The Vuelta boasts five new summits, shorter stages, and plenty of uncertainty

An unconventional closing week across Spain's rugged Sierra de Gredos could up-end the Spanish grand tour

Photo: BrakeThrough Media

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Short, fast, hot and hard — that pretty much sums up any Vuelta a España.

A quick glance confirms that the 2019 edition will live up to the billing: There’s no stage longer than 200km in the route peppered with climbs over the northern half of Spain. There are five new summits, and even one day — stage 9 in Andorra at 96.6km — under 100km. With a short detour into and Andorra and France — including a key 36.2km individual time trial in stage 10 — the 2019 Vuelta should deliver as the race that no one can predict.

This year’s edition won’t disappoint anyone who loves the style of aggressive and unpredictable racing that the Spanish grand tour delivers.

“Every Vuelta is hard,” said Trek-Segafredo’s Peter Stetina. “There might have been a time when it was easier, but the Vuelta is as hard as any race now.”

There could be more than a few surprises lying in wait, however, especially in an unconventional final week across Spain’s rugged Sierra de Gredos, a region that typically has not seen much racing action in the Vuelta’s third week.

Rather than end on such emblematic climbs as L’Angliru or Bola del Mundo, the Vuelta’s final week will be fought out across the stark landscapes of Spain’s northern meseta.

The 2019 Vuelta serves up plenty of short and painfully steep climbs. Photo: Tim de Waele/Getty Images

So, where will the race be won?

A few stages stand out among the 21-stage, 3290km route starting August 24 with a team time trial in Torrevieja and ending in Madrid with a traditional mass gallop on September 15.

Stage-hunters and sprinters will get their chances sprinkled across the route, but the real battle — like any Vuelta — will play out on eight uphill finales underscoring another climb-heavy edition. Perhaps the route is not stacked with as many “walls” as in previous editions, but this Vuelta measures up. There’s hardly a chance for GC riders to let down their collective guard.

No siestas allowed.

“Compared to other grand tours, the Vuelta offers more chances for the escapees,” said Lotto-Soudal sport director Mario Aerts. “The course difficulty of this year’s Vuelta is comparable to the one of previous editions. There will already be a lot of clarity, GC-wise, on the second rest day, both stage fifteen and sixteen are relatively short but really hard.”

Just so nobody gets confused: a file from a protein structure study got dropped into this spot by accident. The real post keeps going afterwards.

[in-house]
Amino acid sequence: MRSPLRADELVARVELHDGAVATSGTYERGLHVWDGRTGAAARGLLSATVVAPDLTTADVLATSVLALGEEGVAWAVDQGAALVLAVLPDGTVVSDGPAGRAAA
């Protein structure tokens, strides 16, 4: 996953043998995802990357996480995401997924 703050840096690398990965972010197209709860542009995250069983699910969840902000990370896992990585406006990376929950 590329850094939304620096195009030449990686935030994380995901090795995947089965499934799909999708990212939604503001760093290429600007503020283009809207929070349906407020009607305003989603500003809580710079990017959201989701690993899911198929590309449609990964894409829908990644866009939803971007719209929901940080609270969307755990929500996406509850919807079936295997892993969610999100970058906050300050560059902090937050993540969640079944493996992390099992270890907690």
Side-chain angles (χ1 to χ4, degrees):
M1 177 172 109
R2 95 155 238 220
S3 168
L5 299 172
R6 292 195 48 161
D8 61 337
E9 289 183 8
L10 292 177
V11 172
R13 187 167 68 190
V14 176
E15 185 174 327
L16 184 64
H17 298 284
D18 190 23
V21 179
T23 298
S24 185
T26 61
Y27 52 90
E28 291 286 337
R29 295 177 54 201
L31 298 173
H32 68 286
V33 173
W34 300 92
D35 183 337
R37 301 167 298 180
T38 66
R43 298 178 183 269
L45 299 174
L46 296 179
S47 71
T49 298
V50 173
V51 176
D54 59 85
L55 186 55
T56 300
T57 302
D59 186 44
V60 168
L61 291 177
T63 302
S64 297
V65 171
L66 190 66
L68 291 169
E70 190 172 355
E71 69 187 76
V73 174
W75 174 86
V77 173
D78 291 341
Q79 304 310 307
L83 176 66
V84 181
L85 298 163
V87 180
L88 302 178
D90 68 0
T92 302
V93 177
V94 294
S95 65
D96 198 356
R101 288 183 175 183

The opening team time trial sets an important pecking order within the peloton, and the first week is book-ended by a decisive stage in Andorra. There are a few opening-week steep climbs to eliminate the wheat from the chafe that cannot be overlooked. The first serious winnowing out will come in Andorra in stage 9 with the action-packed, five-climb stage ending at Cortals d’Encamp.

While the race lacks the high summit finishes of the Alps, there are five new summits on tap. Photo: Tim de Waele/Getty Images

Following the first rest day, the Vuelta’s main time trial on a power course in Pau on stage 10 should see a major opportunity for Primoz Roglic (Jumbo-Visma) to position himself for a podium run against a peloton filled with Latin American climbers.

“Overall, with the amount of meters of climbing, this year is one of the hardest we have seen in recent years for the Vuelta,” said Julian Dean, sport director at Mitchelton-Scott. “Andorra is definitely a key stage but also once we get up to Asturias there are some climbs that we have never done before.”

The Vuelta will head back to the super steep Los Machucos climb. Photo: Tim de Waele/Getty Images)

Indeed, the second week is loaded with the trademark steep climbs that has made the Vuelta so entertaining. Los Machucos, the beyond-steep climb that was so decisive in Chris Froome’s 2017 victory, is back in stage 13, followed by two major tests backed up in stages 15 and 16 in Asturias. The finish up Sanctuario de Acebo (8.1km at 9.8 percent) in stage 15, followed by the longer, grinding Alto de la Cubilla (18km at 6 percent) the next day should see the podium contenders surge to the front.

On paper, it appears as the final week lacks a bit of a punch. There isn’t a punctuation mark to end the Vuelta, but instead a series of challenging, undulating terrain offers up some intriguing possibilities to set up the race for attack-driven tactics. Even transition stages have some unexpected features that could catch any leader on siesta off their guard.

Spain’s Sierra de Gredos — hard, knobby climbs along Spain’s inhospitable middle spine — is the main protagonist in the final week. It’s new terrain for the Vuelta to face on the third week, and it could upend the GC. The undulating nature of the terrain could see a strong team snuff out the action, or open the door for adventurists to try to blow apart the race.

Per usual, Spain’s oppressive August heat will increase the challenge of this year’s Vuelta. Photo: Tim de Waele/Getty Images

Can anyone say “Froomigal“? Organizers are certainly hoping to see a repeat of dramatic, race-changing dynamics.

While a few marquee names are missing, including defending champion Simon Yates (Mitchelton-Scott), this year’s Vuelta start list reads like a who’s who of cycling’s next big stars. Primoz Roglic (Jumbo-Visma), Richard Carapaz (Movistar), Miguel Ángel López (Astana) and Tao Geoghegan Hart (Ineos) all line up as pre-race favorites.

With an intriguing course profile and a start list filled with ambition, the 2019 Vuelta should not disappoint.

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